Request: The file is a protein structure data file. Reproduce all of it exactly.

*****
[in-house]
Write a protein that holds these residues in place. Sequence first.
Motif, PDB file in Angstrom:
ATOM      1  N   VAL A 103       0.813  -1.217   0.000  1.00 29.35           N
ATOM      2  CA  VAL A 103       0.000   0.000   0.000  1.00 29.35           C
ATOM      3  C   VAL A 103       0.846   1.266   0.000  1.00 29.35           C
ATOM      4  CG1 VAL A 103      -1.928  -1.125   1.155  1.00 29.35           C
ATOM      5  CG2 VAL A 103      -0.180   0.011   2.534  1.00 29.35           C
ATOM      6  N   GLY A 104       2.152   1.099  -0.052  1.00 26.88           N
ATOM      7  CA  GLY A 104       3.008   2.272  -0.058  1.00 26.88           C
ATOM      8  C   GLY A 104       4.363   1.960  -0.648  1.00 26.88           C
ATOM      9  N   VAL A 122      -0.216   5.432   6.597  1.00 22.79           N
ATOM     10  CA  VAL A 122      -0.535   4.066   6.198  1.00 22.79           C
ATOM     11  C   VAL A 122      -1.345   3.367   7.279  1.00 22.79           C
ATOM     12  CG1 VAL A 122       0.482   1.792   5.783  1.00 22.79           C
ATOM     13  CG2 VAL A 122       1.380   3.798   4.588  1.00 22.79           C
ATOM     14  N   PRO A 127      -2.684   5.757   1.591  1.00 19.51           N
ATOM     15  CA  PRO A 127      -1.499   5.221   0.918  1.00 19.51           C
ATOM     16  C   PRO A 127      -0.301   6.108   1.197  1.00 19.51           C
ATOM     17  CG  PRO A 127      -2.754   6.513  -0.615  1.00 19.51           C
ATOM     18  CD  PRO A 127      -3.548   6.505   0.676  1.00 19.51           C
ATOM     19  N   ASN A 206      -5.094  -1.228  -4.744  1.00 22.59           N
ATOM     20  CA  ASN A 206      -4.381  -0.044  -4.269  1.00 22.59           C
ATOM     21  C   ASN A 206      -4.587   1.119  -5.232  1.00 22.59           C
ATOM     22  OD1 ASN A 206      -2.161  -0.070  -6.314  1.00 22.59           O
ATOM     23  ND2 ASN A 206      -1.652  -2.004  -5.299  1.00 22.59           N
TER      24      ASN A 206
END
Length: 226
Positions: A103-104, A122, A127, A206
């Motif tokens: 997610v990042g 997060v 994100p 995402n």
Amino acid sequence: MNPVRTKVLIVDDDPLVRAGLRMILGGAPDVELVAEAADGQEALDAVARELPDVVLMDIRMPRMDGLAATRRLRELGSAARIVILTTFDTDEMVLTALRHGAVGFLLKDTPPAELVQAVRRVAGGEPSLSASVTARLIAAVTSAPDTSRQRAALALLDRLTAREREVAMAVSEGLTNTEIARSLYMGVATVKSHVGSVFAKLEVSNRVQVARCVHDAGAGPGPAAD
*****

[in-house]
Write a protein that holds these residues in place. Sequence first.
Motif, PDB file in Angstrom:
ATOM      1  N   VAL A 103       0.813  -1.217   0.000  1.00 29.35           N
ATOM      2  CA  VAL A 103       0.000   0.000   0.000  1.00 29.35           C
ATOM      3  C   VAL A 103       0.846   1.266   0.000  1.00 29.35           C
ATOM      4  CG1 VAL A 103      -1.928  -1.125   1.155  1.00 29.35           C
ATOM      5  CG2 VAL A 103      -0.180   0.011   2.534  1.00 29.35           C
ATOM      6  N   GLY A 104       2.152   1.099  -0.052  1.00 26.88           N
ATOM      7  CA  GLY A 104       3.008   2.272  -0.058  1.00 26.88           C
ATOM      8  C   GLY A 104       4.363   1.960  -0.648  1.00 26.88           C
ATOM      9  N   VAL A 122      -0.216   5.432   6.597  1.00 22.79           N
ATOM     10  CA  VAL A 122      -0.535   4.066   6.198  1.00 22.79           C
ATOM     11  C   VAL A 122      -1.345   3.367   7.279  1.00 22.79           C
ATOM     12  CG1 VAL A 122       0.482   1.792   5.783  1.00 22.79           C
ATOM     13  CG2 VAL A 122       1.380   3.798   4.588  1.00 22.79           C
ATOM     14  N   PRO A 127      -2.684   5.757   1.591  1.00 19.51           N
ATOM     15  CA  PRO A 127      -1.499   5.221   0.918  1.00 19.51           C
ATOM     16  C   PRO A 127      -0.301   6.108   1.197  1.00 19.51           C
ATOM     17  CG  PRO A 127      -2.754   6.513  -0.615  1.00 19.51           C
ATOM     18  CD  PRO A 127      -3.548   6.505   0.676  1.00 19.51           C
ATOM     19  N   ASN A 206      -5.094  -1.228  -4.744  1.00 22.59           N
ATOM     20  CA  ASN A 206      -4.381  -0.044  -4.269  1.00 22.59           C
ATOM     21  C   ASN A 206      -4.587   1.119  -5.232  1.00 22.59           C
ATOM     22  OD1 ASN A 206      -2.161  -0.070  -6.314  1.00 22.59           O
ATOM     23  ND2 ASN A 206      -1.652  -2.004  -5.299  1.00 22.59           N
TER      24      ASN A 206
END
Length: 226
Positions: A103-104, A122, A127, A206
């Motif tokens: 997610v990042g 997060v 994100p 995402n």
Amino acid sequence: MNPVRTKVLIVDDDPLVRAGLRMILGGAPDVELVAEAADGQEALDAVARELPDVVLMDIRMPRMDGLAATRRLRELGSAARIVILTTFDTDEMVLTALRHGAVGFLLKDTPPAELVQAVRRVAGGEPSLSASVTARLIAAVTSAPDTSRQRAALALLDRLTAREREVAMAVSEGLTNTEIARSLYMGVATVKSHVGSVFAKLEVSNRVQVARCVHDAGAGPGPAAD